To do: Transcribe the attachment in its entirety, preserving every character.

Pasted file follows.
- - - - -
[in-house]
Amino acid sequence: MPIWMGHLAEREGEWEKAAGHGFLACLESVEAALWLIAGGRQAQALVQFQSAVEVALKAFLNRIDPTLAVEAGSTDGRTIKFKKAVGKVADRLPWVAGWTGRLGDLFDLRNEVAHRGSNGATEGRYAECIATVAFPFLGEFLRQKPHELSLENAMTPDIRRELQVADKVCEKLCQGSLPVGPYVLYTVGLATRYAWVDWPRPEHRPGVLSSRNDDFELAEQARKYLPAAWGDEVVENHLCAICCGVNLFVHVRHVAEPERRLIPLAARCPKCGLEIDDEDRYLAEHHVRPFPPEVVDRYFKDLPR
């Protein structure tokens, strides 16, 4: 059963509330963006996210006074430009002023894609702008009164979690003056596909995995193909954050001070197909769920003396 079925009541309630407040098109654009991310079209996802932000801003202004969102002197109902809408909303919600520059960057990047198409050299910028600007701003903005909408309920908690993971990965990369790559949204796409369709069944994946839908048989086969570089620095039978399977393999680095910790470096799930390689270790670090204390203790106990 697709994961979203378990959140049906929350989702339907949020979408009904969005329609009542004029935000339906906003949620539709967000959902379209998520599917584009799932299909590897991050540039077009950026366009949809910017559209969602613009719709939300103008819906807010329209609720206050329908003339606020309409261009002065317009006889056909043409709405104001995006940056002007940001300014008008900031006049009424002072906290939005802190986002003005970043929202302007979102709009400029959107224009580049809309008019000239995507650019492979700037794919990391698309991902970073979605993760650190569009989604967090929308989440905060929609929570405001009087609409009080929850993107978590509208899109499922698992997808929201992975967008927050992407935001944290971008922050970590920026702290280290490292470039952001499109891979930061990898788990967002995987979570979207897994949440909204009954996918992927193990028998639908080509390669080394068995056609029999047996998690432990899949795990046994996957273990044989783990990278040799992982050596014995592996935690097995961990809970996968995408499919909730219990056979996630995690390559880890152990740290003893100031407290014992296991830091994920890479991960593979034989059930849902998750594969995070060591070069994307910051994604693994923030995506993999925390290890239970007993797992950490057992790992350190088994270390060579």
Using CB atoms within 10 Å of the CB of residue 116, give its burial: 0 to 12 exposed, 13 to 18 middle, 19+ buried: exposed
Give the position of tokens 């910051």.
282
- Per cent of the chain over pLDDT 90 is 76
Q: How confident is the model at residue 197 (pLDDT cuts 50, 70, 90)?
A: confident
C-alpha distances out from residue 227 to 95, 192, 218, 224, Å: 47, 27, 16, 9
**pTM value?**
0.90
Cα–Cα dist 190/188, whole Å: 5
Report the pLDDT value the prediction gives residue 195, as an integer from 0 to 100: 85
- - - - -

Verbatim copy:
[in-house]
Amino acid sequence: MPIWMGHLAEREGEWEKAAGHGFLACLESVEAALWLIAGGRQAQALVQFQSAVEVALKAFLNRIDPTLAVEAGSTDGRTIKFKKAVGKVADRLPWVAGWTGRLGDLFDLRNEVAHRGSNGATEGRYAECIATVAFPFLGEFLRQKPHELSLENAMTPDIRRELQVADKVCEKLCQGSLPVGPYVLYTVGLATRYAWVDWPRPEHRPGVLSSRNDDFELAEQARKYLPAAWGDEVVENHLCAICCGVNLFVHVRHVAEPERRLIPLAARCPKCGLEIDDEDRYLAEHHVRPFPPEVVDRYFKDLPR
């Protein structure tokens, strides 16, 4: 059963509330963006996210006074430009002023894609702008009164979690003056596909995995193909954050001070197909769920003396 079925009541309630407040098109654009991310079209996802932000801003202004969102002197109902809408909303919600520059960057990047198409050299910028600007701003903005909408309920908690993971990965990369790559949204796409369709069944994946839908048989086969570089620095039978399977393999680095910790470096799930390689270790670090204390203790106990 697709994961979203378990959140049906929350989702339907949020979408009904969005329609009542004029935000339906906003949620539709967000959902379209998520599917584009799932299909590897991050540039077009950026366009949809910017559209969602613009719709939300103008819906807010329209609720206050329908003339606020309409261009002065317009006889056909043409709405104001995006940056002007940001300014008008900031006049009424002072906290939005802190986002003005970043929202302007979102709009400029959107224009580049809309008019000239995507650019492979700037794919990391698309991902970073979605993760650190569009989604967090929308989440905060929609929570405001009087609409009080929850993107978590509208899109499922698992997808929201992975967008927050992407935001944290971008922050970590920026702290280290490292470039952001499109891979930061990898788990967002995987979570979207897994949440909204009954996918992927193990028998639908080509390669080394068995056609029999047996998690432990899949795990046994996957273990044989783990990278040799992982050596014995592996935690097995961990809970996968995408499919909730219990056979996630995690390559880890152990740290003893100031407290014992296991830091994920890479991960593979034989059930849902998750594969995070060591070069994307910051994604693994923030995506993999925390290890239970007993797992950490057992790992350190088994270390060579």
Using CB atoms within 10 Å of the CB of residue 116, give its burial: 0 to 12 exposed, 13 to 18 middle, 19+ buried: exposed
Give the position of tokens 């910051």.
282
- Per cent of the chain over pLDDT 90 is 76
Q: How confident is the model at residue 197 (pLDDT cuts 50, 70, 90)?
A: confident
C-alpha distances out from residue 227 to 95, 192, 218, 224, Å: 47, 27, 16, 9
**pTM value?**
0.90
Cα–Cα dist 190/188, whole Å: 5
Report the pLDDT value the prediction gives residue 195, as an integer from 0 to 100: 85